“Oh,” I said, trying to keep my voice level in pitch and speed.

“Four eggs.  Two batches.”

“Uh huh,” I mused, trying not to let panic seep into my mind.

“The second batch came out milky.  The first batch was cooked too much.”

I tried not to gasp as the implication hit hard.

Would I ever erase the image of the gas stove being lit, I wondered.

The four egg shells greeted me in their broken state at the end of the school day.  A trail of dirty dishes started on the stove and meandered over the counter, ending near the sink.

But the gas was off.

Success!

Little did he know that this was the plan all along.

Independence.

Five days later and he’s made scrambled eggs almost daily.

How long will it take before he gets tired of the eggs and needs to learn a new dish?

Time will tell.

 

 

A Case of the Missing Cheez-Its

“Did you bring a box of Cheez-Its upstairs?” I ask puzzled.

“No, Mom.  I didn’t.” Jackson responds with a hint of annoyance.

That’s so strange.  I know I purchased TWO boxes of Cheez-Its, not just one.  I double check the pantry shelves to see if I put the second box in the wrong spot.  No luck, it’s nowhere to be found.  The two boxes are clearly imprinted in my mind, being scanned at the register.  I am truly baffled, so I look on the shelves a third time, almost willing the box to appear.  Not happening.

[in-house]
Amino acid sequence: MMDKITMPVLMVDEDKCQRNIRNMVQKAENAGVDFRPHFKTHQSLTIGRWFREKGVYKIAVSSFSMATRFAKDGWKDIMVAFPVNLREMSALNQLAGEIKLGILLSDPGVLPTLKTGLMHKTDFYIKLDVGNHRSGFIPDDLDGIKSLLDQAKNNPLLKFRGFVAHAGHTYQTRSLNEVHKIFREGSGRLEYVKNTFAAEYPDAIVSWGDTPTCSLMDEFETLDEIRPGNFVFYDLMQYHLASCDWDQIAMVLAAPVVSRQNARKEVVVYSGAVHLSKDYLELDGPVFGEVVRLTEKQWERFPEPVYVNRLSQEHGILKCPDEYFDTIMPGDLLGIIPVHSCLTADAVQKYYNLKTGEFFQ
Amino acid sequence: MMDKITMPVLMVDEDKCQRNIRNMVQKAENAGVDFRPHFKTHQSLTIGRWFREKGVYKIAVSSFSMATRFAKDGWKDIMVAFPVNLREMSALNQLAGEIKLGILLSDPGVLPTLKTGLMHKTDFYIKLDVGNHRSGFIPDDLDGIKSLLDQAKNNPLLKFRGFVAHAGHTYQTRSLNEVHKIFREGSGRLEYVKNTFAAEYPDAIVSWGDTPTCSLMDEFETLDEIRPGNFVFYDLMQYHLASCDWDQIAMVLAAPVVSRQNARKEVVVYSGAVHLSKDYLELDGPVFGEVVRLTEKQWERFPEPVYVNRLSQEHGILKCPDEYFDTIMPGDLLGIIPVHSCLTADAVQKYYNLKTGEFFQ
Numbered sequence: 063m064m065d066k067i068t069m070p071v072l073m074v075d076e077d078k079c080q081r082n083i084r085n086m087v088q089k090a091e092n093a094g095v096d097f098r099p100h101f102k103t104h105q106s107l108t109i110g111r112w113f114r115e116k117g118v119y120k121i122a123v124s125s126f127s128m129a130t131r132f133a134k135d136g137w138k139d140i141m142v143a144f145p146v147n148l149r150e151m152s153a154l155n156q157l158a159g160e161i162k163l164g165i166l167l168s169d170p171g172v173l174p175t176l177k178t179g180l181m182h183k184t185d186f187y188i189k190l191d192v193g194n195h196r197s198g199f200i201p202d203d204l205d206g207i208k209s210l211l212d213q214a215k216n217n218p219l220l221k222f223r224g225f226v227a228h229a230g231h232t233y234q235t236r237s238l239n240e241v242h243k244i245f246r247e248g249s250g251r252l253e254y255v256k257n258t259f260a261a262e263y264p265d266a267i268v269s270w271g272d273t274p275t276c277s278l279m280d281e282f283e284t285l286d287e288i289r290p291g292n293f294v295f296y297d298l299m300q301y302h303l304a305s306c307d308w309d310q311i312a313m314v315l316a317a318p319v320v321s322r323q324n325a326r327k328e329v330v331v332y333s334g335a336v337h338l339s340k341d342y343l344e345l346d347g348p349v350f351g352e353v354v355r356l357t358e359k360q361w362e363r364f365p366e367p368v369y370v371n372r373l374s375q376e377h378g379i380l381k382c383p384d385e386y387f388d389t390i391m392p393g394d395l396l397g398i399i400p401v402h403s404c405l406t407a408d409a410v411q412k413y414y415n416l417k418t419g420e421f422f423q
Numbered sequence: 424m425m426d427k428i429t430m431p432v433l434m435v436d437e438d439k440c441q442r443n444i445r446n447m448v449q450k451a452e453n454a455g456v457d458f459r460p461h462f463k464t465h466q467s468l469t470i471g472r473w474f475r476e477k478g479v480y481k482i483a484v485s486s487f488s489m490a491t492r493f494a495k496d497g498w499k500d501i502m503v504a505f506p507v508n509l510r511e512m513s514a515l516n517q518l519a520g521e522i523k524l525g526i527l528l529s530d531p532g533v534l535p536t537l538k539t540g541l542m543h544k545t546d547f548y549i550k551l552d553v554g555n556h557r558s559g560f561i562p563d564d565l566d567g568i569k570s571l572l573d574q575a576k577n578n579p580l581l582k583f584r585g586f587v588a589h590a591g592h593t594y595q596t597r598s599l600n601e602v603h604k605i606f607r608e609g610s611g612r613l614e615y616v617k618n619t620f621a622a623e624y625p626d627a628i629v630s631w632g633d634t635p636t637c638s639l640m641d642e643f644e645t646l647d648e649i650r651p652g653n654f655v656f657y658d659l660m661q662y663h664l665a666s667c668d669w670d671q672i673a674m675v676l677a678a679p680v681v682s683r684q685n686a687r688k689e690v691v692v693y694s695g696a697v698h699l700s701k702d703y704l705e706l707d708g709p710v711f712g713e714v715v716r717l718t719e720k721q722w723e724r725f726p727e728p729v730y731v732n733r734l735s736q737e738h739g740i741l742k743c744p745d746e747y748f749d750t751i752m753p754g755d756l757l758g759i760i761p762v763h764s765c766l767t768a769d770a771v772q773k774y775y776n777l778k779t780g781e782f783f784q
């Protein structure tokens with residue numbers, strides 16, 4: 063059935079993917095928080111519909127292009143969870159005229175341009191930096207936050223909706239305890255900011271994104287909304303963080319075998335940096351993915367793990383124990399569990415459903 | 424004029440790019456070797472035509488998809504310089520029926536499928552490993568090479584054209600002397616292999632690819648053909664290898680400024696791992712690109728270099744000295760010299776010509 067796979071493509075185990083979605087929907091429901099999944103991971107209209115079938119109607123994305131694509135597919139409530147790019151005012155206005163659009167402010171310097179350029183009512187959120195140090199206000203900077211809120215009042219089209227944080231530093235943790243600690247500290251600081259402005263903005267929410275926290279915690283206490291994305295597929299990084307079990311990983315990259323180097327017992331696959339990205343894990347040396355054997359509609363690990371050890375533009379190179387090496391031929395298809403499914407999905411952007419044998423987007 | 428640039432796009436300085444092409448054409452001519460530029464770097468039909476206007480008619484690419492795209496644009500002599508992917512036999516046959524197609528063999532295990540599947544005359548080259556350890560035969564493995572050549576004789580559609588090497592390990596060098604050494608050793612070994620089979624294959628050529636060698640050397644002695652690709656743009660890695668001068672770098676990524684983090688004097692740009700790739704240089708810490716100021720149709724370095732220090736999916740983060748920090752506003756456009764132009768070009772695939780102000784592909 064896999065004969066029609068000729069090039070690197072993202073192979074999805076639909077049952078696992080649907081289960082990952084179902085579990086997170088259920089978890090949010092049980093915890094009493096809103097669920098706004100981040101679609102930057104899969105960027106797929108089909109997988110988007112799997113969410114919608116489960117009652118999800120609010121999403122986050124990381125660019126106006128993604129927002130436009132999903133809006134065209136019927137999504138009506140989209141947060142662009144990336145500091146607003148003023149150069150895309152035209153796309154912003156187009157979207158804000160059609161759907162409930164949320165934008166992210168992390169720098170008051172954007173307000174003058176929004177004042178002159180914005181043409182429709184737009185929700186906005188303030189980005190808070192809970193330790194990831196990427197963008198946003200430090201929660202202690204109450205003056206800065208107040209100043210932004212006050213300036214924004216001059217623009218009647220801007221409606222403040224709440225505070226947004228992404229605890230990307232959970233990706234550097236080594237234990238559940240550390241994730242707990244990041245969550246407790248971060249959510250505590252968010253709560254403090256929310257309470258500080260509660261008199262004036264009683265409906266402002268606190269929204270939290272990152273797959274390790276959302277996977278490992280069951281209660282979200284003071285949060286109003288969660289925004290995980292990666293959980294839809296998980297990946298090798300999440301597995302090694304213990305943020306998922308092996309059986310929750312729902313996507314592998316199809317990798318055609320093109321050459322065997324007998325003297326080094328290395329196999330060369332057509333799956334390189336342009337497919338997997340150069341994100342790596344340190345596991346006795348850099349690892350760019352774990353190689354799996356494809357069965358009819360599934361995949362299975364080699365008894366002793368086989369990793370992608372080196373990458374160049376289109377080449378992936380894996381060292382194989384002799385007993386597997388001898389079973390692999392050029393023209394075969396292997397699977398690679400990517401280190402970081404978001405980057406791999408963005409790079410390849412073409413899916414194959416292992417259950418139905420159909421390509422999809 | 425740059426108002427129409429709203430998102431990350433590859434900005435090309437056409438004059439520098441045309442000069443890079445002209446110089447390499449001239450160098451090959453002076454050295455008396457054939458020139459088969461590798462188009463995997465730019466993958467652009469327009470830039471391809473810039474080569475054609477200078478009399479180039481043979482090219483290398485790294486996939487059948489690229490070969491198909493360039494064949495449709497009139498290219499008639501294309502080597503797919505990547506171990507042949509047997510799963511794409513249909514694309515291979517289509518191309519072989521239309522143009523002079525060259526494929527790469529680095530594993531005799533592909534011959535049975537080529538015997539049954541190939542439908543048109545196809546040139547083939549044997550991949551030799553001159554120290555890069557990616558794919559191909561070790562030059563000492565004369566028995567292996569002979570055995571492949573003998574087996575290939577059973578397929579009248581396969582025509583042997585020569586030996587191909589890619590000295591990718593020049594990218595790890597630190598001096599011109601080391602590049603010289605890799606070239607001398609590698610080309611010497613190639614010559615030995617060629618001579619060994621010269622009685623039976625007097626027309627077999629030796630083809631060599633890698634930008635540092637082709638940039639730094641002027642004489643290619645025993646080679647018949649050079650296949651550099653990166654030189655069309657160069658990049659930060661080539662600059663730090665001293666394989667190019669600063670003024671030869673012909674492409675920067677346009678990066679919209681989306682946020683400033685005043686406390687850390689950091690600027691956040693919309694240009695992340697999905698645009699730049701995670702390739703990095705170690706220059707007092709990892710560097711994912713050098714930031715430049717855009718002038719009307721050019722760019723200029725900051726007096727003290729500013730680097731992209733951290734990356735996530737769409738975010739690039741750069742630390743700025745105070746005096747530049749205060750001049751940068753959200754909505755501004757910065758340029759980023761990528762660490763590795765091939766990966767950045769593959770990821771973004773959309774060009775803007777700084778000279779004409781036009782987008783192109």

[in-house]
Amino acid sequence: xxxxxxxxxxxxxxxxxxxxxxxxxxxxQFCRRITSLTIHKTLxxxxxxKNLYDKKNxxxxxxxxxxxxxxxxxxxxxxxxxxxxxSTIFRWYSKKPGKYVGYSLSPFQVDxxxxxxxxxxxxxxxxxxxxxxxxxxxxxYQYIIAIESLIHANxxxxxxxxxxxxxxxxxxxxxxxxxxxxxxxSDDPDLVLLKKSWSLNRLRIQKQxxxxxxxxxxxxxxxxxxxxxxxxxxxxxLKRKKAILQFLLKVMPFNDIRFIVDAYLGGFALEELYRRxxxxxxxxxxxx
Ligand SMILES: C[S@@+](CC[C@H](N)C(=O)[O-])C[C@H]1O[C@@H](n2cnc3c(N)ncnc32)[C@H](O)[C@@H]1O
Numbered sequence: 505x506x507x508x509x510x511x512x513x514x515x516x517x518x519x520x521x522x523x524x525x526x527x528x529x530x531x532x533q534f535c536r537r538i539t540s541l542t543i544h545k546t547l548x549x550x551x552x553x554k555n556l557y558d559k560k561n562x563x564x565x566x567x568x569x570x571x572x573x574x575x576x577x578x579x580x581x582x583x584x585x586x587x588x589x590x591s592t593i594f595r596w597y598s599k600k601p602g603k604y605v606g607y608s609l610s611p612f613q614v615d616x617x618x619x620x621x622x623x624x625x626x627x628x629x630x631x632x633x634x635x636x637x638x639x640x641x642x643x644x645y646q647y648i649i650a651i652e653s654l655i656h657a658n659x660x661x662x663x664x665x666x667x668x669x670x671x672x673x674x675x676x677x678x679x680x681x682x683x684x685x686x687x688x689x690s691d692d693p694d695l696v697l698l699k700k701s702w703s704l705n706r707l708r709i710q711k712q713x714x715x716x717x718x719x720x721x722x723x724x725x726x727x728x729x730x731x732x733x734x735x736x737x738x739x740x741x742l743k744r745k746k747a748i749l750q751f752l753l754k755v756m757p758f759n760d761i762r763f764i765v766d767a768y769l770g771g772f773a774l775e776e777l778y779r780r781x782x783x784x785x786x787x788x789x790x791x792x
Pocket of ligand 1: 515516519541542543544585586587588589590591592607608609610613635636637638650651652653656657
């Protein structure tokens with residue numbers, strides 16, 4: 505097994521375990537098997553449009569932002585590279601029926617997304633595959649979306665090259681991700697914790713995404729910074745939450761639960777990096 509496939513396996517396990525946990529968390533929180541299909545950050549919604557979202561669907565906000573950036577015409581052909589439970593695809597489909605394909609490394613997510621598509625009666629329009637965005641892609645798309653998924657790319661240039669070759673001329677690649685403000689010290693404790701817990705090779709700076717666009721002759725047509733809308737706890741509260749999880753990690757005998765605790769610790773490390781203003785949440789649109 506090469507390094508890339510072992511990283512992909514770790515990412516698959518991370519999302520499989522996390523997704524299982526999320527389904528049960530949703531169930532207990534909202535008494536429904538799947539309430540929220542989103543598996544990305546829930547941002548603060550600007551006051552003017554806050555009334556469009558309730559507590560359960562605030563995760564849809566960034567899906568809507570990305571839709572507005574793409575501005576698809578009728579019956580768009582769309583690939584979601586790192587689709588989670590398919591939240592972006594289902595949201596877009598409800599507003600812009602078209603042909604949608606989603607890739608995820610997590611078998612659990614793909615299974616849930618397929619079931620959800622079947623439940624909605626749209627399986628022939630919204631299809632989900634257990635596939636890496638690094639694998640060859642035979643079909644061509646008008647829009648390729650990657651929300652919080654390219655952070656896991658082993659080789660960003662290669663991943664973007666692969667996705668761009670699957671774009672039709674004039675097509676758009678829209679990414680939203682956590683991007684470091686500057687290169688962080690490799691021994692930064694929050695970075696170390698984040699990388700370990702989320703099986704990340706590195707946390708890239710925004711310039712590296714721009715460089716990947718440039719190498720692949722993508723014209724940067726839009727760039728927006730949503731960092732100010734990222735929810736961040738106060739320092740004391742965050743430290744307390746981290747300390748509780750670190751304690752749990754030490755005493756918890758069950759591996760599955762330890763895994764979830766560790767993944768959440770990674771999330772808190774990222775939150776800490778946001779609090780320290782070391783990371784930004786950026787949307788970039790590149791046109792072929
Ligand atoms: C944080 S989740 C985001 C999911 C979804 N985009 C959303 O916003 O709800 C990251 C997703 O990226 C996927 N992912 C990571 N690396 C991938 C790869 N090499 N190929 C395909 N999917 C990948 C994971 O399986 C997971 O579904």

It dawns on me that other items I selected and purchased are not in the house either.  I can’t locate the eight rolls of toilet paper, or the loaf of sliced French bread.  The two types of tortilla chips are also missing in action.  Filled with hope, I go back outside to check the trunk of the car.  Maybe a bag slid into the middle seat unnoticed, out of eyeshot.  Nice idea, but no dice.

Determined to solve the missing items dilemma, I pull out my grocery store receipt and call to see if anyone reported products left behind.  I circle the ones that didn’t make it into the house with a red pen.

“Can you tell me what the items were, ma’am?”

“Yes, there was a box of Cheez-Its, a loaf of French bread, a package of 8 rolls of toilet paper…”

“OK, we have those items here at the front of the store.  Did you also buy milk?”